Rescue Ship Vos Hestia to Provide Aid in Ongoing Refugee Crisis It is a daily fact that migrants and refugees are at risk of drowning as they make the perilous journey from North Africa to Europe— more than 3,000 people have drowned this year. And the journey will only become riskier as winter approaches. But thanks to the work of the charity, Save the Children, together with shipowner Vroon and classification society RINA Services, a specifically dedicated rescue ship has been classified to rescue those that run into difficulty when crossing the Mediterranean. In 2016, Save the Children began an ambitious project to use a vessel from the Dutch shipowner Vroon to save the lives of refugees crossing the Mediterranean Sea. International marine regulations state that a ship is to be classified according to her intended service. RINA has introduced in its classification rules the “Rescue” notation for cargo ships dedicated to rescuing refugees. In special search and rescue operations, the rescue capacity of the ship is to be maximized, prioritizing refugees reaching dry land safely rather than standard accommodation. The set of requirements are aimed at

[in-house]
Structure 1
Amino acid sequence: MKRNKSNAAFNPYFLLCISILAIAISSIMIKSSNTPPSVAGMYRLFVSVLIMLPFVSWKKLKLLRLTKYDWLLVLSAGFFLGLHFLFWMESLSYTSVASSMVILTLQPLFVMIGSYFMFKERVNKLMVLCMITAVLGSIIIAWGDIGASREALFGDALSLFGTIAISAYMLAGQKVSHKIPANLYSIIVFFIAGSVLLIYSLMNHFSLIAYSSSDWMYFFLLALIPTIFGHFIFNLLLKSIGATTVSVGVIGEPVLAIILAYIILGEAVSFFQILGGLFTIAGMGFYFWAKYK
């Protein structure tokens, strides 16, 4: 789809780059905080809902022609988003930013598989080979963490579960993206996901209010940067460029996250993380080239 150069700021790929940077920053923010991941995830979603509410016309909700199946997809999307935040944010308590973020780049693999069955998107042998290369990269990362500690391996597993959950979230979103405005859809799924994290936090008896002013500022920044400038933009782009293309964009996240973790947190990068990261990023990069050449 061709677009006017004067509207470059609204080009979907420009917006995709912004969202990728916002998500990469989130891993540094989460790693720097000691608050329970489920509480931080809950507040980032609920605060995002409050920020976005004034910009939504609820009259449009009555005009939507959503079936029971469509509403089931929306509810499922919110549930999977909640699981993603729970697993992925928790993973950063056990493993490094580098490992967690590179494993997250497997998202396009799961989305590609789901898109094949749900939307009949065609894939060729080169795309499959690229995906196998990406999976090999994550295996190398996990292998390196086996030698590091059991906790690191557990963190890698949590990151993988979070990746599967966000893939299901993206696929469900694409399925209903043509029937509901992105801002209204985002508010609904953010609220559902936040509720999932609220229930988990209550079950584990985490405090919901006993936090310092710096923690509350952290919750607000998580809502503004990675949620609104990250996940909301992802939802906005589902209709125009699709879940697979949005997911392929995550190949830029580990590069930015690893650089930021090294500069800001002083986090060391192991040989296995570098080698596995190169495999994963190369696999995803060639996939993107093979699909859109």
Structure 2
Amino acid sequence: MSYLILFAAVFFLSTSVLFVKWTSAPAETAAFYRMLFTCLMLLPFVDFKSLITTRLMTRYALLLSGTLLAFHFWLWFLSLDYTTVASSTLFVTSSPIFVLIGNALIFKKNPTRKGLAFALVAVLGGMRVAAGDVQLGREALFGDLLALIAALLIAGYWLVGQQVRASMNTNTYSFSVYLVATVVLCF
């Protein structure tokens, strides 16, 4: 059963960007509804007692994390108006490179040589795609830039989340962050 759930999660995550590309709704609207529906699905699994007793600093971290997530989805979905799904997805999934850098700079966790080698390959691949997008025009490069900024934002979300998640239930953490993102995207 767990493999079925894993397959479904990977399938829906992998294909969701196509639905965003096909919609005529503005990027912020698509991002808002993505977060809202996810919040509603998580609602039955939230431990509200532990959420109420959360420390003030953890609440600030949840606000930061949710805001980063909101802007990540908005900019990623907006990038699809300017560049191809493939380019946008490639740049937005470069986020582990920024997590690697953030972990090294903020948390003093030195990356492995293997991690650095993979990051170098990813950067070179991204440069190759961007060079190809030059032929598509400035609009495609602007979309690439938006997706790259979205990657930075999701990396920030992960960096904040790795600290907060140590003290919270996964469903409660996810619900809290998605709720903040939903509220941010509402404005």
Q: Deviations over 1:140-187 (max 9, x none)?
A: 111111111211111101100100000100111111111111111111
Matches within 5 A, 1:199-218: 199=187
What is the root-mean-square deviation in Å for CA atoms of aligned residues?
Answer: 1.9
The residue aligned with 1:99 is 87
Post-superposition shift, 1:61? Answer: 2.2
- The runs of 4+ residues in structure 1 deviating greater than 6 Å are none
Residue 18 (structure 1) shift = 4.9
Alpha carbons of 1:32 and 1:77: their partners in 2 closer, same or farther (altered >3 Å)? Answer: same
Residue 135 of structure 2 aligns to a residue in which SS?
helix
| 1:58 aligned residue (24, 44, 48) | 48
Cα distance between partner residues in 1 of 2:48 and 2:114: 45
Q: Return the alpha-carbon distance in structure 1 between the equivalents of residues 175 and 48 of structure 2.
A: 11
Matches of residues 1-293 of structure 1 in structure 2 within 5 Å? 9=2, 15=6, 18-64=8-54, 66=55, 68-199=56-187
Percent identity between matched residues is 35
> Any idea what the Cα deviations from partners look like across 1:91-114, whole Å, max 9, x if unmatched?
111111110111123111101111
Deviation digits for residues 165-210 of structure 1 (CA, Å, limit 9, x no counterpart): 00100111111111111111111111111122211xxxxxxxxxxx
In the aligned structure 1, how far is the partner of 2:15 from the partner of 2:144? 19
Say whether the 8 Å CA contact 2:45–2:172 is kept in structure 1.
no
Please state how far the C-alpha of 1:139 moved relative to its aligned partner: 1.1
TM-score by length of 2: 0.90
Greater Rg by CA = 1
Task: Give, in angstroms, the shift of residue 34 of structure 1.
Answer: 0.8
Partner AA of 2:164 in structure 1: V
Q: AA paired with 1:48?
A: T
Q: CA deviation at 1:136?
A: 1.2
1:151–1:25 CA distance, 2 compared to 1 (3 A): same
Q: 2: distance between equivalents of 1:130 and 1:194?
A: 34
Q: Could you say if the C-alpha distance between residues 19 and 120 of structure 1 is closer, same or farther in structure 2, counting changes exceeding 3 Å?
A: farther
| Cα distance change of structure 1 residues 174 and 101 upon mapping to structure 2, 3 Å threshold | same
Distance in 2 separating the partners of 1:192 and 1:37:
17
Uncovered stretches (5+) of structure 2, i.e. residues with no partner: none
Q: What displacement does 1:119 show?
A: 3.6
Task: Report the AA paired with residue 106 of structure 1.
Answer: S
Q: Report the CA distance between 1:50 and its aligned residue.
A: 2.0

The Vos Hestia’s first mission helped save 300 refugees
maximizing passenger carrying capacities while complying with international regulation. Compliance with these requirements allowed for the Vos Hestia to be classified with the new service notation “Rescue.” The 59 m Vos Hestia’s first rescue mission took place this past July, and assisted about
300 refugees from Nigeria, Guinea, Cote d’Ivoire, Mali, Ghana, Cameroon, Gambia, Senegal, Burkina Faso, Liberia and Sudan. There were about 55 women; four accompanied children; and 60 unaccompanied children, who are believed to be under age of 18, including a 12-year-old boy.
St. Johns Ship Building A Full-Service Ship Building & Repair Company eer g Carie s it Offerin n u t Oppor g irin Now H
560 Stokes Landing Rd. Palatka, FL 32177 Tel: 386.328.6054 Fax: 386.328.6046 stjohnsshipbuilding.com
November 2016 // Marine Log 17